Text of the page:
In the article “Dress code dramatics; Meeting on a proposed law featured an official waving underwear, heated words and an abrupt end to the session”(3/5, Local), it seems plain why Kansas City is becoming a town no one wants to visit, let alone live in.
The paper’s main Local section headline is about the City Council wasting time on idiotic (and apparently uncivil) debate about whether a business’s dress code discriminates. Don’t they have bigger issues to deal with? Are these council members actually paid to waste time and further their agendas, be they race-baiting or people’s “feelings” if they know a dress code but show up to force themselves into a business anyway? Let’s call them Nero Council members instead of City, because they apparently don’t care if their city is burning.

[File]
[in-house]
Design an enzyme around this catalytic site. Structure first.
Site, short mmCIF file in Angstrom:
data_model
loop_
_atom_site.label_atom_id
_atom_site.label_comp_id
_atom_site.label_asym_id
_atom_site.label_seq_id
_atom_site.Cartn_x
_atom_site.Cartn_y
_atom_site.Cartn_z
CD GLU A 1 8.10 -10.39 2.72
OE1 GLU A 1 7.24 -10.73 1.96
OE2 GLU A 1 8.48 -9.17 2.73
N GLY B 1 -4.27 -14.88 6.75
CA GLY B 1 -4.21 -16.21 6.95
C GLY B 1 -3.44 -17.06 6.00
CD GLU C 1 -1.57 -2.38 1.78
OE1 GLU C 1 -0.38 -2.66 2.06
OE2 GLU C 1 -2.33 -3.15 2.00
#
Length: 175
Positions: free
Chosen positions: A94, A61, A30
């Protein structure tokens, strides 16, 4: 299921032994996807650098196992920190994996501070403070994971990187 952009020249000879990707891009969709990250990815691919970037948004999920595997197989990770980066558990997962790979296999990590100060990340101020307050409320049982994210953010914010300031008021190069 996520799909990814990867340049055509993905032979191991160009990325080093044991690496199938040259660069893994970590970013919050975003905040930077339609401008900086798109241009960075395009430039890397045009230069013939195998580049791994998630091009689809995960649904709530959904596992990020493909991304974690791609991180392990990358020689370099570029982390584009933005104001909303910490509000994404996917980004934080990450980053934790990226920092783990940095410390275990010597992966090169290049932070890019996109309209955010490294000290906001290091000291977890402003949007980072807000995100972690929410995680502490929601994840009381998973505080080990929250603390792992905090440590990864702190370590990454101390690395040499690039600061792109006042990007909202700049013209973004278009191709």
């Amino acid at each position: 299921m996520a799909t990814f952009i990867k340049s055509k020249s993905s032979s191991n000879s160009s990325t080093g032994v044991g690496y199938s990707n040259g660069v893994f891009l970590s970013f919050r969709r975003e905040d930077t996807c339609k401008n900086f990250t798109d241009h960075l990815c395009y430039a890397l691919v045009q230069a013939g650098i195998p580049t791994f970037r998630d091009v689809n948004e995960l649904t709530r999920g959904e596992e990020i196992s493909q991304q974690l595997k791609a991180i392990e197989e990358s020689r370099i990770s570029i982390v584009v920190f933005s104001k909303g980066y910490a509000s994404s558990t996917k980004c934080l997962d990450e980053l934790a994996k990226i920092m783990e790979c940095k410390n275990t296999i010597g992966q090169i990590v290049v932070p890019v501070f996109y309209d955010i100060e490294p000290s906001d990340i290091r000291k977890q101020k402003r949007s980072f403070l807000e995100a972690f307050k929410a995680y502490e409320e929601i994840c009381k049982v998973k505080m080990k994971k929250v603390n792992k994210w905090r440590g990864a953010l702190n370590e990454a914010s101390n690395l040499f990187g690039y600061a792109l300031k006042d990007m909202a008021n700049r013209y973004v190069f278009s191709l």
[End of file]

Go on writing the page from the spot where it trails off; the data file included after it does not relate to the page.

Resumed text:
Let’s try to kill the Power & Light District — the only real development in Kansas City in the last 10 years and one of the only reasons I visit downtown.
Keeping people out of the Power & Light District is probably not what the Cordish Co. would want to do, being a customer-driven enterprise. I agree that proper dress does make the place look better and somewhat regulates who goes there.
The Kansas City Symphony would probably like to establish a dress code, too. However we see people in shorts, flip-flops, athletic shoes, jeans and garden work clothes going and enjoying the music. It would be sad to make them go away to get dressed better to do that. I just wish that people in the community would at least acknowledge they are in public and have some pride of self to dress appropriately for the occasion. Will they still do that when they go to the new Performing Arts Center?
Clothing does not have to be couture, but appropriate. If the baggy pants are not revealing, then knock it off with the regulations. Jewelry is a fashion statement, and innocence until a law is broken should be the rule. And what’s this about white T-shirts?